Pedro Sánchez is now for all intents and purposes Spanish prime minister, having got through the vote in the Congress by just two votes (167 yeses and 165 noes), and the corresponding decree of nomination has been signed by the head of state, a preliminary step for him to take the oath of office at 11 this Wednesday morning. Over, therefore, is the time for words, and the time for actions is here. The time for abiding by agreements. The time for answers. The first of his commitments, the dialogue table with the Catalan government, which everyone took for certain would be set up within two weeks, has today no meeting date since the first decision by the prime minister as soon as he was invested was to leak from the Moncloa palace that the nominations of his new ministers would be put back a week. And the agreement literally says that "the dialogue table will start its work within fifteen days of the formation of the government of Spain."
It's striking, however, that Pedro Sánchez should have looked for days as bizarre for the investiture debate as the 4th and 5th of January for the first round and the 7th for the second and now he's waiting a week to announce his government. Was such haste necessary or was it, once again, one of his whims? It could be anecdotal, but given the prime minister's ease with breaking his promises, it wouldn't be a bad strategy for the political groups which have supported him to not forgive him even one thing from the first day. Experience shows that the prime minister only takes care of things when he finds himself needing support and, on the other hand, has great facility with washing his hands of things when it's others who've got the problems.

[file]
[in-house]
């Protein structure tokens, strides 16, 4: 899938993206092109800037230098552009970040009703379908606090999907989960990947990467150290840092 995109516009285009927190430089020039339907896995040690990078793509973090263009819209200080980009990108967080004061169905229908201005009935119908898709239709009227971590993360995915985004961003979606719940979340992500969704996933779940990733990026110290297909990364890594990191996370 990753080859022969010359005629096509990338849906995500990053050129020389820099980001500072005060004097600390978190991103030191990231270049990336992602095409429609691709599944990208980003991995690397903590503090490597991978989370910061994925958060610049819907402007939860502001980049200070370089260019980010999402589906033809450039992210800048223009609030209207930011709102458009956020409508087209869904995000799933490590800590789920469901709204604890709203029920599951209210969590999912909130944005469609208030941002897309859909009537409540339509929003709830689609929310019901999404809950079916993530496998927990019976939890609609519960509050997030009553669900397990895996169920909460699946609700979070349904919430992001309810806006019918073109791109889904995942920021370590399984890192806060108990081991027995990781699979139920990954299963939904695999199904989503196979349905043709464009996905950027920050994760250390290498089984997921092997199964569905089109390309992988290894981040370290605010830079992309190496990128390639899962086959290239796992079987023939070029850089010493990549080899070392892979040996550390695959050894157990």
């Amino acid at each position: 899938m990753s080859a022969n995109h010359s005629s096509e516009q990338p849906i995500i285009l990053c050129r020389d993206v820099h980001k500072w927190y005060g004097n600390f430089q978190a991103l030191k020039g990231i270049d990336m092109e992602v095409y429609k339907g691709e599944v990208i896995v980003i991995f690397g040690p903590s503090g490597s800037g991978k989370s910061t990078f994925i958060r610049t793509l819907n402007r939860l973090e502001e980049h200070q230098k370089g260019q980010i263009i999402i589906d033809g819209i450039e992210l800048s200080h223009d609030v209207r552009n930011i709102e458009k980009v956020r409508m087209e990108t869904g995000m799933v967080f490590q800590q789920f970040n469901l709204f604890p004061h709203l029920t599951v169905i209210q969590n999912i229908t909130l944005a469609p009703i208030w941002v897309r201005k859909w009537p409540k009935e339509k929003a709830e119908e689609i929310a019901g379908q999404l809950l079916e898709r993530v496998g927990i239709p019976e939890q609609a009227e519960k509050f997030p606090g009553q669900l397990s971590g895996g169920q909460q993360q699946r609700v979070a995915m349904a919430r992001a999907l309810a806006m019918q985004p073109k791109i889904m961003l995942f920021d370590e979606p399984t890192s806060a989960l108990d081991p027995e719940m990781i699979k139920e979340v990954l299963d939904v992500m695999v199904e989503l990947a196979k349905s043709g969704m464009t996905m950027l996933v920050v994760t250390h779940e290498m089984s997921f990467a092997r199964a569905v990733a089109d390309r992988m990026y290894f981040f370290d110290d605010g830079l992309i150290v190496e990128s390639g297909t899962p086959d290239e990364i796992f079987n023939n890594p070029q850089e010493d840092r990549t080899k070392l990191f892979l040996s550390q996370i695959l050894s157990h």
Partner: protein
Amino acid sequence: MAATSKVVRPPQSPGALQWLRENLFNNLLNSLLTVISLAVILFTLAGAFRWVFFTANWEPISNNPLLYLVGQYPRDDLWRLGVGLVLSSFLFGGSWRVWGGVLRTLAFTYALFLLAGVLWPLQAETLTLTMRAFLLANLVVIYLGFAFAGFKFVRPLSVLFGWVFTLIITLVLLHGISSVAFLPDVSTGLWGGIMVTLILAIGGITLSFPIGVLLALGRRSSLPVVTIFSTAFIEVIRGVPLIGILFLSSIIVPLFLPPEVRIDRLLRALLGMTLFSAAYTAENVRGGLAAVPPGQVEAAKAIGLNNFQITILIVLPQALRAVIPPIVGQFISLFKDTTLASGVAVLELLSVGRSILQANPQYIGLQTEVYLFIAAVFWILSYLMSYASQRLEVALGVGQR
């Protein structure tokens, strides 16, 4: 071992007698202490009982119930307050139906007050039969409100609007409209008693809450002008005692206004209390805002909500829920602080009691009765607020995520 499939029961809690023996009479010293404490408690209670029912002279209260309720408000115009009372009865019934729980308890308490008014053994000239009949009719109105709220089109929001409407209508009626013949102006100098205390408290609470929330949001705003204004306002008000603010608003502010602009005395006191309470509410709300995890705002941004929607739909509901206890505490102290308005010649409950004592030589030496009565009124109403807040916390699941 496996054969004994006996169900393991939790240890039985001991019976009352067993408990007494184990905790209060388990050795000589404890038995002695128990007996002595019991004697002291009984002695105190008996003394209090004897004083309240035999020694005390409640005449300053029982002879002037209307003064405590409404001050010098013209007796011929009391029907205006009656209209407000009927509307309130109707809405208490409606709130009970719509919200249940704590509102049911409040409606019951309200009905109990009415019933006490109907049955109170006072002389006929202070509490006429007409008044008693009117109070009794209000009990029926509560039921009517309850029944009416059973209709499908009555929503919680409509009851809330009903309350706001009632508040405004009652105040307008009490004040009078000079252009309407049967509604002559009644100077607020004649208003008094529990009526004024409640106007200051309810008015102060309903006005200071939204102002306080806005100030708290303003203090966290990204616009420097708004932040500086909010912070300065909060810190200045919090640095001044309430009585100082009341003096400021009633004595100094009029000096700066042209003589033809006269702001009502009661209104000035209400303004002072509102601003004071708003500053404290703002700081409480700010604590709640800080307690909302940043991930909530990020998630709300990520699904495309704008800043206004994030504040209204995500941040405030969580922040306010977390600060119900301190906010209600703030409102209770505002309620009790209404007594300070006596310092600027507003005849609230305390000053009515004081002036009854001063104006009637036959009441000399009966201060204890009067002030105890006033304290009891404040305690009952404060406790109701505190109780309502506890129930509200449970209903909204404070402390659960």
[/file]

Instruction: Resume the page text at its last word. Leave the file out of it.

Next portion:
From this Tuesday's parliamentary session, special mention deserves to be made of Montse Bassa, ERC delegate and sister of minister Dolors Bassa, sentenced to 12 years in prison for sedition and misuse of public funds by the Supreme Court. The bluntness of Montse Bassa's words from the podium indicating that she couldn't care less about the governability of Spain, labelling PSOE "executioners" and asking them if they enjoyed her pain caused a widespread response from the right's benches and accusations she was a coup supporter. A demonstration of how the legislature will go, which we've had juicy previews of over these days. Everything is going to help the right to remove legitimacy from the government whilst they try to dismember the occupant of the Moncloa. It should be a reason for Sánchez to not make the mistakes there were after the confidence motion he won. But anyone who knows him can only look at the prime minister with skepticism and distrust. Because the value of his words has, so far, been very little.